1

What I mean to ask is, if I am on System "A" (Linux) and I want to ssh into System "B" (Windows): On System "A", I can do ssh admin@xx.xx.xx.xx which will prompt me to a password and when that gets authenticated, I will get to the "$" of System "B" (on System "A").

  1. how do I send username and password together as a single line (since I want to use a script)
  2. How to achieve the scenario that I have above.
2

I generally do it with Paramiko, its easier

import paramiko

# ssh 
print 'enter ssh'
ssh = paramiko.SSHClient()
ssh.set_missing_host_key_policy(paramiko.AutoAddPolicy()) # this will automatically add the keys
ssh.connect(machineHostName, username=user, password=password)

# Run your commands
# example 1 : ls command
print 'do a ls command'
stdin, stdout, stderr = ssh.exec_command('ls')
print stdout.readlines()
time.sleep(2)
# example 2 : change ip address
print 'changing ip address'
stdin, stdout, stderr = ssh.exec_command('sed -i -- s/'+oldIp+'/'+newIp+'/g /etc/sysconfig/network-scripts/ifcfg-eth0')
print stdout.readlines()
time.sleep(2)

To install Paramiko, you can download the tar.gz file from here.

Assuming you are really new to python, how to install this :

  • Download the tar.gz file
  • Extract the contents to a folder
  • cd into that extracted folder, from your terminal
  • execute this python setup.py install
  • then you can try something like the above example

NOTE : if you get stuck with installation comment here, and I can help you.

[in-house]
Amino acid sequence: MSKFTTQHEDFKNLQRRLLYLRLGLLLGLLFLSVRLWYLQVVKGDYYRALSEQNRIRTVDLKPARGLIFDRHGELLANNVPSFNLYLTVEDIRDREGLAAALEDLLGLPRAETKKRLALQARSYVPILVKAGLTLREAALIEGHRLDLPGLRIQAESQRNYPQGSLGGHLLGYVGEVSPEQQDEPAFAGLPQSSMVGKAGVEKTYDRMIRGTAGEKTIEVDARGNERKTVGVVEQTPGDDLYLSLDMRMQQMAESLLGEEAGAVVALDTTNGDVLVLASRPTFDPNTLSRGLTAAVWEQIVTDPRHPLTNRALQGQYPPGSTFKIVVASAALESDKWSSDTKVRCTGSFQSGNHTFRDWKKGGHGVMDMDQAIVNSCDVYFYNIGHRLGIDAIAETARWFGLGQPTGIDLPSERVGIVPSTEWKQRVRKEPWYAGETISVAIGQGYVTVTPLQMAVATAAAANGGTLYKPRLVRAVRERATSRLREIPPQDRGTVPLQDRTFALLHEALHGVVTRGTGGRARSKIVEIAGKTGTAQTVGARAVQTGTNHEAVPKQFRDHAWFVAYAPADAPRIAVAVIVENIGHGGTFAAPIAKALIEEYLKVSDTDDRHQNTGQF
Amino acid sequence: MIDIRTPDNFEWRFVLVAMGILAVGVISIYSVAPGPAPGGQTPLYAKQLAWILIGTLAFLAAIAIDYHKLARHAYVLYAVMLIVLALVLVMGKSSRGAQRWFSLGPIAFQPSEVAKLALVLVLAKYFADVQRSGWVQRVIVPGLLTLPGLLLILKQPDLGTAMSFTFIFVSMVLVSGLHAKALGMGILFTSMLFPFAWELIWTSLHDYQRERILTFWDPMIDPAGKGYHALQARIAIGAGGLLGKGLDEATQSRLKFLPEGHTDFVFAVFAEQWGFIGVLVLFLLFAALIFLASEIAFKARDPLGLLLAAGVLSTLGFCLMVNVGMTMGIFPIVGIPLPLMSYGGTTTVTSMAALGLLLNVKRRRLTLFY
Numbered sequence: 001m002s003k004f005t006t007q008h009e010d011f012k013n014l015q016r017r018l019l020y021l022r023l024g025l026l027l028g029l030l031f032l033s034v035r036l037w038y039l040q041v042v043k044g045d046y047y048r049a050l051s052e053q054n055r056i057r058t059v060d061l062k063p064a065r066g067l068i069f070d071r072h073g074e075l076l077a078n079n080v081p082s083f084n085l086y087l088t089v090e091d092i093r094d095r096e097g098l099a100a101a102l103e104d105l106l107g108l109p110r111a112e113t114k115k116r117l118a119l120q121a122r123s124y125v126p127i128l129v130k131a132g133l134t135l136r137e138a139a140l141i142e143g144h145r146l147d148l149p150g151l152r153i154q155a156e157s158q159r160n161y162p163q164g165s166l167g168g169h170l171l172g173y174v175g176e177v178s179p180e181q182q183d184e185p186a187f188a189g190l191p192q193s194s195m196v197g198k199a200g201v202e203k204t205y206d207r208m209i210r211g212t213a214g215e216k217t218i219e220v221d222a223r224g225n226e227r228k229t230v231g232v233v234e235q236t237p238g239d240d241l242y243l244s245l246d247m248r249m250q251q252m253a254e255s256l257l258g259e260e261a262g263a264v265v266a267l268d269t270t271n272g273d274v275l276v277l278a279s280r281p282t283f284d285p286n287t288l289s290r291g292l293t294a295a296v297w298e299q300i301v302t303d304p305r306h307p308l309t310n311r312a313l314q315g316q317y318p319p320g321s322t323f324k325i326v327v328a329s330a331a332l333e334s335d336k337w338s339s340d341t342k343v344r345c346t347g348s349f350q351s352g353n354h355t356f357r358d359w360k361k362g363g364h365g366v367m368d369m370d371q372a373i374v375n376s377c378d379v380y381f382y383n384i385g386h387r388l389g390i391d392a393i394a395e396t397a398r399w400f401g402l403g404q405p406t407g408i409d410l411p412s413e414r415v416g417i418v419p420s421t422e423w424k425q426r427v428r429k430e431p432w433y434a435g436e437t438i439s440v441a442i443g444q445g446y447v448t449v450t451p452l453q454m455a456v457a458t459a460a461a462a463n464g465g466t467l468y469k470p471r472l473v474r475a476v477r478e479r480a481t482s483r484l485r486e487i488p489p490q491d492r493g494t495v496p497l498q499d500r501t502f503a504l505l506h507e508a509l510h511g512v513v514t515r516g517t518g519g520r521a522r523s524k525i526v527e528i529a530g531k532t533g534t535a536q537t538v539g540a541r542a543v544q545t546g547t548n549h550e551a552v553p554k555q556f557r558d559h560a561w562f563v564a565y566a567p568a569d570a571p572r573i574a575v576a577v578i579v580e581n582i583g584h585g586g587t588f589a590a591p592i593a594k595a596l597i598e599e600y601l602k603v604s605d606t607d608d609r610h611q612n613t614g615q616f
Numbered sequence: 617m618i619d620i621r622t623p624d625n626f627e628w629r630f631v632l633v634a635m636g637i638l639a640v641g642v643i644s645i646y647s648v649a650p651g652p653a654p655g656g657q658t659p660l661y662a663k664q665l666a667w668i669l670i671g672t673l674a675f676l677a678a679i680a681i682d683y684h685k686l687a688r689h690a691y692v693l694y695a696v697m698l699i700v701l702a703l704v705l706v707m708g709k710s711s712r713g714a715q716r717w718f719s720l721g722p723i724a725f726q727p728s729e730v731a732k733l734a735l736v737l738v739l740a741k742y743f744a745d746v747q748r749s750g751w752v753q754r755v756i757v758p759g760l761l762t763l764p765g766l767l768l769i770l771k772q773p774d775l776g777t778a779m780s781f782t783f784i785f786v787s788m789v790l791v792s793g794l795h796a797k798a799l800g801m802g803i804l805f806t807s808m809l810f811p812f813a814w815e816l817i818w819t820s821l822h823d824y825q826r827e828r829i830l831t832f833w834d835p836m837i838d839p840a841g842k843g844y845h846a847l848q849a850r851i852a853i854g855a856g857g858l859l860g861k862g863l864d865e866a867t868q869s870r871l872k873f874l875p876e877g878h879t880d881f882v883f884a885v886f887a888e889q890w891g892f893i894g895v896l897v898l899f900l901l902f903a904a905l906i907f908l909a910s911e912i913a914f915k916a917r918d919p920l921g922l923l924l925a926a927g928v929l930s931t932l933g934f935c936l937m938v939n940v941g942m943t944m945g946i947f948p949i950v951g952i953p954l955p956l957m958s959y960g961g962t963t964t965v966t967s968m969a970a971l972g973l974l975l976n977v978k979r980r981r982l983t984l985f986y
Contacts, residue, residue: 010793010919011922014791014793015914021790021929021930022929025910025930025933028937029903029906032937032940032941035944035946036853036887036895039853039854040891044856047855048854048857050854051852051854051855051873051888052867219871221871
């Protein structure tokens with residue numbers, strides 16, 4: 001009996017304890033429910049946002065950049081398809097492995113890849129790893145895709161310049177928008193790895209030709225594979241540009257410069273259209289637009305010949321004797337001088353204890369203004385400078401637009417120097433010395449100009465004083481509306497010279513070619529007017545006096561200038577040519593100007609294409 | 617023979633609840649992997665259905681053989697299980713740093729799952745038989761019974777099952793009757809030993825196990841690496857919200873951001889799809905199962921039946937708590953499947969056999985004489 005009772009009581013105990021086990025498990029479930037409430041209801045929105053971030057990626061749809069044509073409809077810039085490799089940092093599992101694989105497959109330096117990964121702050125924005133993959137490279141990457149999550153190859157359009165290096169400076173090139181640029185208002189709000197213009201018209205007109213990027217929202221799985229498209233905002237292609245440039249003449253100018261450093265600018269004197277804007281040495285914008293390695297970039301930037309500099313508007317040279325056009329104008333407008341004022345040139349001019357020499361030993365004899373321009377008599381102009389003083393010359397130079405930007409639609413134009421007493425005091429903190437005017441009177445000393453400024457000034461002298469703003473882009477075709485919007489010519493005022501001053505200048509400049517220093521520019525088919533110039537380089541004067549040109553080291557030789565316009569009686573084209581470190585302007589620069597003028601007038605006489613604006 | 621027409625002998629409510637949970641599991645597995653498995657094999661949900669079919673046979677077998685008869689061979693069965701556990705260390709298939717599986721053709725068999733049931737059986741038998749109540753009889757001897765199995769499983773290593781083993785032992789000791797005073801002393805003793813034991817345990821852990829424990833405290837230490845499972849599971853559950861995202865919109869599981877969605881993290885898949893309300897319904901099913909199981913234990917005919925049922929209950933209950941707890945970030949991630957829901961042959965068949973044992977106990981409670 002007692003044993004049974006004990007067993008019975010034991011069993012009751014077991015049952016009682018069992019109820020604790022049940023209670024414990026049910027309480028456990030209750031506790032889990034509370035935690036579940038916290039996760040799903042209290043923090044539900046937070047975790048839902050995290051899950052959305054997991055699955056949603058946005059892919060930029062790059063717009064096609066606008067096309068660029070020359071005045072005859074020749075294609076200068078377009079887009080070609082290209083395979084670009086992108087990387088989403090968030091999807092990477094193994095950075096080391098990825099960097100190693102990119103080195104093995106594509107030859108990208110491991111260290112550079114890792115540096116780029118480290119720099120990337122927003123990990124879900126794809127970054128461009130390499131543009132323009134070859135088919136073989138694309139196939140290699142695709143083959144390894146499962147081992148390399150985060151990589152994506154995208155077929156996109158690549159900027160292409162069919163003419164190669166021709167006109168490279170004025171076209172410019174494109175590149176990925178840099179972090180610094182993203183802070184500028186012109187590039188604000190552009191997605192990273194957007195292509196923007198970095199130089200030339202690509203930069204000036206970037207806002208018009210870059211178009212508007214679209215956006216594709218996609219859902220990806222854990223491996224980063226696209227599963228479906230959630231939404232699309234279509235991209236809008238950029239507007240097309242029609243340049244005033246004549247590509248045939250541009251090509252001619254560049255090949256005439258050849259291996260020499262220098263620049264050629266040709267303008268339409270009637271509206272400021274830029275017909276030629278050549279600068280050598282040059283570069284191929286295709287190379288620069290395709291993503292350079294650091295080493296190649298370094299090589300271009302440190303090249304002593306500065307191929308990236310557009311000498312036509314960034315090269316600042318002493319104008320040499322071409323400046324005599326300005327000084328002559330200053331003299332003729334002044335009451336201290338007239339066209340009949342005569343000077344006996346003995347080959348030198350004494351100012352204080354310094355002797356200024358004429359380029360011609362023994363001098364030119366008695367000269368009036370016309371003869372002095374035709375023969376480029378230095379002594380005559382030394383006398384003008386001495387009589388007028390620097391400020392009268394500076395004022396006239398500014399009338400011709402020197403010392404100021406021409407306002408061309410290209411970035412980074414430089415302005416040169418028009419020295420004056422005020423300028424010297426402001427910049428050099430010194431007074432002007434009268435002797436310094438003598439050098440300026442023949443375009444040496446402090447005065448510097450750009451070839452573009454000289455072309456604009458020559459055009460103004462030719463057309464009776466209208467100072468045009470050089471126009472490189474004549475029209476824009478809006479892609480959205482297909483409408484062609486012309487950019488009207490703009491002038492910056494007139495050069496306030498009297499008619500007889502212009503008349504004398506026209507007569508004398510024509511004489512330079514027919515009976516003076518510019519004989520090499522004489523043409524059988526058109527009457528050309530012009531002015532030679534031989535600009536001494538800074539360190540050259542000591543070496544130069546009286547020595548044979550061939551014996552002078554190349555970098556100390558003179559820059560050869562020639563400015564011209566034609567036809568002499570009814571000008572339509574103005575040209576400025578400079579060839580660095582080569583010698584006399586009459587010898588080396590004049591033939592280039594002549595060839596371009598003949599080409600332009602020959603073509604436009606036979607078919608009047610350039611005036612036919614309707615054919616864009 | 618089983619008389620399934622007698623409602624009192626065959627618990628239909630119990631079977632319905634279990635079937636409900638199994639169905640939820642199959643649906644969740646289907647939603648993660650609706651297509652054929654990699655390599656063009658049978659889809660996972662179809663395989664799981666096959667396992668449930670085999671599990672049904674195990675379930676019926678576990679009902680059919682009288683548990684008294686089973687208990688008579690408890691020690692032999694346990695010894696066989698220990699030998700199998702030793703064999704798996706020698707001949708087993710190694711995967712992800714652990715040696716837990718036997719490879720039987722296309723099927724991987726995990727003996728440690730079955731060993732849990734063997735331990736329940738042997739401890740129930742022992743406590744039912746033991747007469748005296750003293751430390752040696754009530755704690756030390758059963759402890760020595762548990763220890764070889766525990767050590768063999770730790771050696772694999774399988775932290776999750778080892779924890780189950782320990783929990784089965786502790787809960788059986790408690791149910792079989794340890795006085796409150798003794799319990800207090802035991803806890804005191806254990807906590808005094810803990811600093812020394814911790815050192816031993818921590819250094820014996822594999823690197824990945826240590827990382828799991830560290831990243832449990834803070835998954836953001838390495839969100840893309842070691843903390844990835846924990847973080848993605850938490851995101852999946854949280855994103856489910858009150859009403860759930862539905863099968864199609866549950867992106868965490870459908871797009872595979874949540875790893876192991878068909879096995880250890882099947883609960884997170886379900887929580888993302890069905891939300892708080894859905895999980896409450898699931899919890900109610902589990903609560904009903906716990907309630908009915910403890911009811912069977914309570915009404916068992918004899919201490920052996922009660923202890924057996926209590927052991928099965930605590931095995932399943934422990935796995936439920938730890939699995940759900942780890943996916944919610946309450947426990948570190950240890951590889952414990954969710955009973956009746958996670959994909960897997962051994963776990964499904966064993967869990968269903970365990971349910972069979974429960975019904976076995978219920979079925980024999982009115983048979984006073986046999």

• 2
    Rather than manually downloading and installing it, it's typically much easier to pip install paramiko... – Danica Jun 3 '15 at 2:25
  • Suddev: Are you sure the exec_command() works for you back to back, with that sleep? I can only execute one exec_command() at a time - the 2nd time, i never get any o/p or error.. just blank stuff and I dont think the 2nd command ever got executed either! – user2939055 Jun 3 '15 at 4:27
  • Yes it's the right way to do it .. I have scripts exactly similar which works perfecrly – sudhishkr Jun 3 '15 at 8:06
  • @user2939055 - please accept the answer, if you think it has worked for you. If you are stuck, add those in comments – sudhishkr Jun 3 '15 at 18:38
1
  1. Instead of using a passphrase for authentication, you could use ssh keys as described here.

  2. Start your ssh client on System "A" using subprocess.call(['/path/to/ssh', 'admin@xx.xx.xx.xx', 'remote_script.sh'])

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